Printing & Design Tips: MAY 2006, #58

Printing Colored Inks on Colored Paper

When you design a brochure or other project to be printed on colored paper, you need to consider the following.

Many printing inks are transparent. If your job is to be printed in process colors, the ink will definitely be transparent. Therefore, your final printed product will not look like the image on your color monitor. The color of the paper will affect how the color of the ink actually appears. If you are not aware of this, you may be in for a big surprise. For example, you may want to print a process color photograph on a cream stock. It seems that most of the paper stocks are different colors of cream. Often, very white paper stock has to be specially ordered which is more time consuming and more expensive. On the cream colored stock, the yellow tones of the paper will shift the colors in the photograph, and you may or may not like the result. A blue sky for example might have a greenish cast. How can you avoid this? You have a few options.

First of all, if you want a cream background but you don’t want the photos affected by the cream tint of the sheet, you can print the job on a white press sheet and then paint the sheet--excluding the process color photographs--with a cream screen also made with process inks. The benefit of this option is that the printing sheet behind the photographs would be white and therefore would not alter the color of the photos, and the rest of the sheet would appear to be a cream tint.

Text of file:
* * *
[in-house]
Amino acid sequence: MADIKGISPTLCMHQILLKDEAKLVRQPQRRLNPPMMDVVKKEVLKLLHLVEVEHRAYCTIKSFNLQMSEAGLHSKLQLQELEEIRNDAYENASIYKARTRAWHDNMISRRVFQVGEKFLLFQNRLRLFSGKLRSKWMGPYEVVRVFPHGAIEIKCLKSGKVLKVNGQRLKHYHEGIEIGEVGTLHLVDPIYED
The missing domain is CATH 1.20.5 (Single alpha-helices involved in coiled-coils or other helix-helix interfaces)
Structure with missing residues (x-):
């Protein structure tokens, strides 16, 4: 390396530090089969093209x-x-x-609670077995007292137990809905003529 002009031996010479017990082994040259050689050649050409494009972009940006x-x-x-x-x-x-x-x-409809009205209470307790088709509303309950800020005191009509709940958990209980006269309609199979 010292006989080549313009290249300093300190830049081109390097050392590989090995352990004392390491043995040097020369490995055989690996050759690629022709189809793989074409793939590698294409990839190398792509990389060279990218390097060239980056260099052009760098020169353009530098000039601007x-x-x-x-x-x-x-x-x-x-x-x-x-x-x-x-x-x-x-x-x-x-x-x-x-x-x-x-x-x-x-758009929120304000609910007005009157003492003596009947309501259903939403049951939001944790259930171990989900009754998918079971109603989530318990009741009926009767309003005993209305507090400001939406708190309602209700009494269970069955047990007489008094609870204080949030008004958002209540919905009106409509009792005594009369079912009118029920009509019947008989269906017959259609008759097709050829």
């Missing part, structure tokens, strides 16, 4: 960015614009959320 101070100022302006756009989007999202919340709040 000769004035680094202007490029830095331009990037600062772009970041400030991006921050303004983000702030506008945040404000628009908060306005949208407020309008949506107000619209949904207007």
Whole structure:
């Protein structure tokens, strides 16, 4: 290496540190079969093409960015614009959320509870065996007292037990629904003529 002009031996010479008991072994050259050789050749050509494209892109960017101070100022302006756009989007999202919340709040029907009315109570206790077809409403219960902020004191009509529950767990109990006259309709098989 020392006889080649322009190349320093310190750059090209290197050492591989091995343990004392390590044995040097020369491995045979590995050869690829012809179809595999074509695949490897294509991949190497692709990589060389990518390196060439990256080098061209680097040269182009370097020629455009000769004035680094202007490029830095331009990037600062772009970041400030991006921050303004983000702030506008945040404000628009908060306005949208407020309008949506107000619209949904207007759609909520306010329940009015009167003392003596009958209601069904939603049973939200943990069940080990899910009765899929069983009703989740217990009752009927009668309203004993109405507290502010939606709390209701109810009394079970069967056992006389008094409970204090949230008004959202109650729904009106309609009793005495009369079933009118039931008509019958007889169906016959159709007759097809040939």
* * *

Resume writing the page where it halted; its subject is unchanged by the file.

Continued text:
Another option would be to paint the sheet behind the photographs with opaque white. This would seal the paper fibers and provide a white background or “base” for the photographs. In essence, you would get the same effect described above. However, all paper except where the photos are printed will have the texture and color of the actual cream-colored stock.

Your third option, which would be far less predictable, would be to give your offset print provider a sample similar to your job and ask him to match the effect and colors. This option could be problematic since it would give you less control and since your proof, provided on white paper stock in most cases, probably would not be an accurate model of your finished piece. Your printer would also probably need to adjust your photos a bit after you have submitted the job, and this might be expensive. The success of this option would depend exclusively on the skill of your printer and your ability to communicate the effect you desire.

In terms of price, the first option (printing on white paper stock and laying down a screen for the background) probably would be the cheapest and most controllable. Laying down opaque white behind the photos would probably be the most expensive option, although it would still be controllable. Having your printer alter the photos within the art files in an attempt to match a sample printed piece would be the least controllable option, and the system time in prepress, potential multiple proofing cycles, and press checks to make sure you like the color could easily become very expensive.

[Steven Waxman is a printing consultant. He teaches corporations how to save money buying printing, brokers printing services, and teaches prepress techniques. Steven has been in the printing industry for thirty-three years working as a writer, editor, print buyer, photographer, graphic designer, art director, and production manager.]